Dean Kahn

8 reasons to stay in Bellingham

Quick access to the outdoors, such as Boulevard Park on a summer evening, is one of several reasons that people enjoy Bellingham.
Quick access to the outdoors, such as Boulevard Park on a summer evening, is one of several reasons that people enjoy Bellingham. THE BELLINGHAM HERALD

I came across another “list” story about Bellingham, yet one more example of a checklist created by someone far away that mostly relies on other website ratings for content.

The story, “8 Reasons to Move to Bellingham, WA” appeared at livability.com, the home to numerous such ratings.

The writer, it appears, is based Tennessee, which might explain several oddities in the story. She mentions Blaine and Lynden in the section about Bellingham’s “diverse neighborhoods,” and includes Blaine’s Wings over Water Birding Festival and Cloud Mountain Farm Center’s fruit festival near Everson among special events worth seeing in Bellingham.

But rather than merely throw dirt at others, I decided to give it a go with my own list.

First, a bit of disclosure: I’m not originally from Bellingham, so I’m not a born-and-raised native. But I have lived here for more than half of my 64 years. During that span, I have left Bellingham several times, but I have always returned happily.

So I don’t feel shy about listing my “8 Reasons to Stay in Bellingham:”

Size matters: With 82,000 people, Bellingham is small enough to feel familiar but large enough to provide variety and change. Certainly by Seattle standards, our traffic is still quite manageable. As much as we like to grumble, it really doesn’t take all that long to travel from one end of the city to another.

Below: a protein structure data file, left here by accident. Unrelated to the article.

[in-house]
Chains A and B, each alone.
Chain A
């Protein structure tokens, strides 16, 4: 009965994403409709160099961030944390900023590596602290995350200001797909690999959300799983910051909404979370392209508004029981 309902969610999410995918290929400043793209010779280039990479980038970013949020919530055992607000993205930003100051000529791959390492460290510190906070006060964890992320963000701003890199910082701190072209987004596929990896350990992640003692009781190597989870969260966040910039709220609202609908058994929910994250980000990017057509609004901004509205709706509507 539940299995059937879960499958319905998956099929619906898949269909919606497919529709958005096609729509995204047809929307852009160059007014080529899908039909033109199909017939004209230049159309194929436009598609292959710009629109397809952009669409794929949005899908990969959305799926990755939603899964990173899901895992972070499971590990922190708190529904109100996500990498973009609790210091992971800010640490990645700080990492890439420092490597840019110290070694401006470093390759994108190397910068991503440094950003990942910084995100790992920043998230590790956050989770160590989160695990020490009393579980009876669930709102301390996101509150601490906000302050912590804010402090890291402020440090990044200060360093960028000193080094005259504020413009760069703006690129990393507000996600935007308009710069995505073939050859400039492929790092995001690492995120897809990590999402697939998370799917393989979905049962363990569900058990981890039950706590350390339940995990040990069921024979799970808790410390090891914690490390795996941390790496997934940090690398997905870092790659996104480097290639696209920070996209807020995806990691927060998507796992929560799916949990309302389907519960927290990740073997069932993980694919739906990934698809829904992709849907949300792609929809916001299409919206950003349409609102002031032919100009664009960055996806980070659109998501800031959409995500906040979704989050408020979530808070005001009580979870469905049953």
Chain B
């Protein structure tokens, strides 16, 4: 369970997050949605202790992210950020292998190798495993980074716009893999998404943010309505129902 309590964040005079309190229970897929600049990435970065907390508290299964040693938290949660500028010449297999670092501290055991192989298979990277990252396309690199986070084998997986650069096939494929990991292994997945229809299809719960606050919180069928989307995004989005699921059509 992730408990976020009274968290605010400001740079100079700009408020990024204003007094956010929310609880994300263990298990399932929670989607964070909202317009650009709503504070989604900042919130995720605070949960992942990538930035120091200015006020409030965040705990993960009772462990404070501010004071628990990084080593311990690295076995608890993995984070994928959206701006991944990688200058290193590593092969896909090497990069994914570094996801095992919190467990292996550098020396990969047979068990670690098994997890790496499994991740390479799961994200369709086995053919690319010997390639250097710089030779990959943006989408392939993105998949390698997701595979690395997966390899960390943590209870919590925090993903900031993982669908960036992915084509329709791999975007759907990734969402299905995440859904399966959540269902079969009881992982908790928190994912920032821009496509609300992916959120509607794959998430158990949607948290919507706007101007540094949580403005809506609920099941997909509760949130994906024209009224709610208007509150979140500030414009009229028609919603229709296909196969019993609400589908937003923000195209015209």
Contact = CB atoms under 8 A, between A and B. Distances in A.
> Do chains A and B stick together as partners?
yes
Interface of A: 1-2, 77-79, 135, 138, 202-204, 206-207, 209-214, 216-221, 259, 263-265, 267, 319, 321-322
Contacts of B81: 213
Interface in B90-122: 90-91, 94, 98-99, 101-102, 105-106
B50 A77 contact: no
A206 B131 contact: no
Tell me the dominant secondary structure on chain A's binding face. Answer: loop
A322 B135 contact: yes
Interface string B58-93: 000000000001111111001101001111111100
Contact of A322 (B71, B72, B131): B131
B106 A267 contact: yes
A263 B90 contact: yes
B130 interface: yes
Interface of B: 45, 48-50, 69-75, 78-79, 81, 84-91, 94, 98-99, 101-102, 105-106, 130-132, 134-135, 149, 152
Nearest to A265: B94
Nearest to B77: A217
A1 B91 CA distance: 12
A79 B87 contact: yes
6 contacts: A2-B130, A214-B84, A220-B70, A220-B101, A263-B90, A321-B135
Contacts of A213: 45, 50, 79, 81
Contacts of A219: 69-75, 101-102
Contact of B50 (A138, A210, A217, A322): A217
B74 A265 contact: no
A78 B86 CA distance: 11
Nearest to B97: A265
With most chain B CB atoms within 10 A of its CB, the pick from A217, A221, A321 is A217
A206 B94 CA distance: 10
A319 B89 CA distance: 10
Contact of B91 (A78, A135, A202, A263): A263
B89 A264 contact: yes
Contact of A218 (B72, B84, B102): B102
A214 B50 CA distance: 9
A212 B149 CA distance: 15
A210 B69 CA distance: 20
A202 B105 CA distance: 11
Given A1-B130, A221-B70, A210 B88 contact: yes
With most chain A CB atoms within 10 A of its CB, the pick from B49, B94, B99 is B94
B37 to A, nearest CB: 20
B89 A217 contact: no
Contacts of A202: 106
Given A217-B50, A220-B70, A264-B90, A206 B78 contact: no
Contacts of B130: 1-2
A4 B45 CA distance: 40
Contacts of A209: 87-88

Nature nearby: I’m not talking about climbing Mount Baker or sailing the San Juans. Many people do that, but many more don’t. I’m talking about Bellingham’s many parks and trails. About Lake Padden and Lake Whatcom. About parks on the bay. About forest walks in and close to the city. A touch of green, a tranquil spot, a whiff of salt water, is never far away.

Easy to get around: Bellingham is increasingly friendly to pedestrians and bicyclists, both good options to autos, even if you aren’t a hard-core walk or biker. And don’t forget Whatcom Transportation Authority, a wonderful bus system for a city our size.

Literate folks: Bellingham’s libraries are well-run and well-used, and that’s just one part of a great literary scene. Other parts include a top-notch independent bookstore, Village Books, several outstanding used-book stores, a slew of reading and writing groups, and a local poetry contest with the community at heart.

Social services: Bellingham faces social challenges like other cities, but the array of public and nonprofit groups working here to help people get back on their feet is heartening. The Opportunity Council, Lighthouse Mission Ministries, and Bellingham’s housing levy are just a few that come to mind.

Local businesses: From Bellingham Farmers Market, to programs to put some teeth into growing and eating local food, to broader “buy local” campaigns, people appreciate and support locally owned companies. And that includes the recent proliferation of craft breweries.

Living green: Repairing and respecting the environment has been a signature feature of Bellingham for decades. The city was an early leader in curbside recycling and in banning grocery carryout bags. Many groups work on behalf of salmon, streams, and ways to reuse materials. Green is a way of thinking in our naturally green setting.

Northwest weather: Bellingham’s weather isn’t everyone’s cup of tea. I lived in the Midwest for several years, and I’ll take our cool, wet winters and our maritime summers anytime over the harsh extremes elsewhere.

Reach Dean Kahn at 360-715-2291 or dean.kahn@bellinghamherald.com. Read his columns at bellinghamherald.com/dean-kahn.

What are your favorite things about Bellingham?

Post your list with this story, or on the Herald’s Facebook page, or send them to dean.kahn@bellinghamherald.com for a possible follow-up story.

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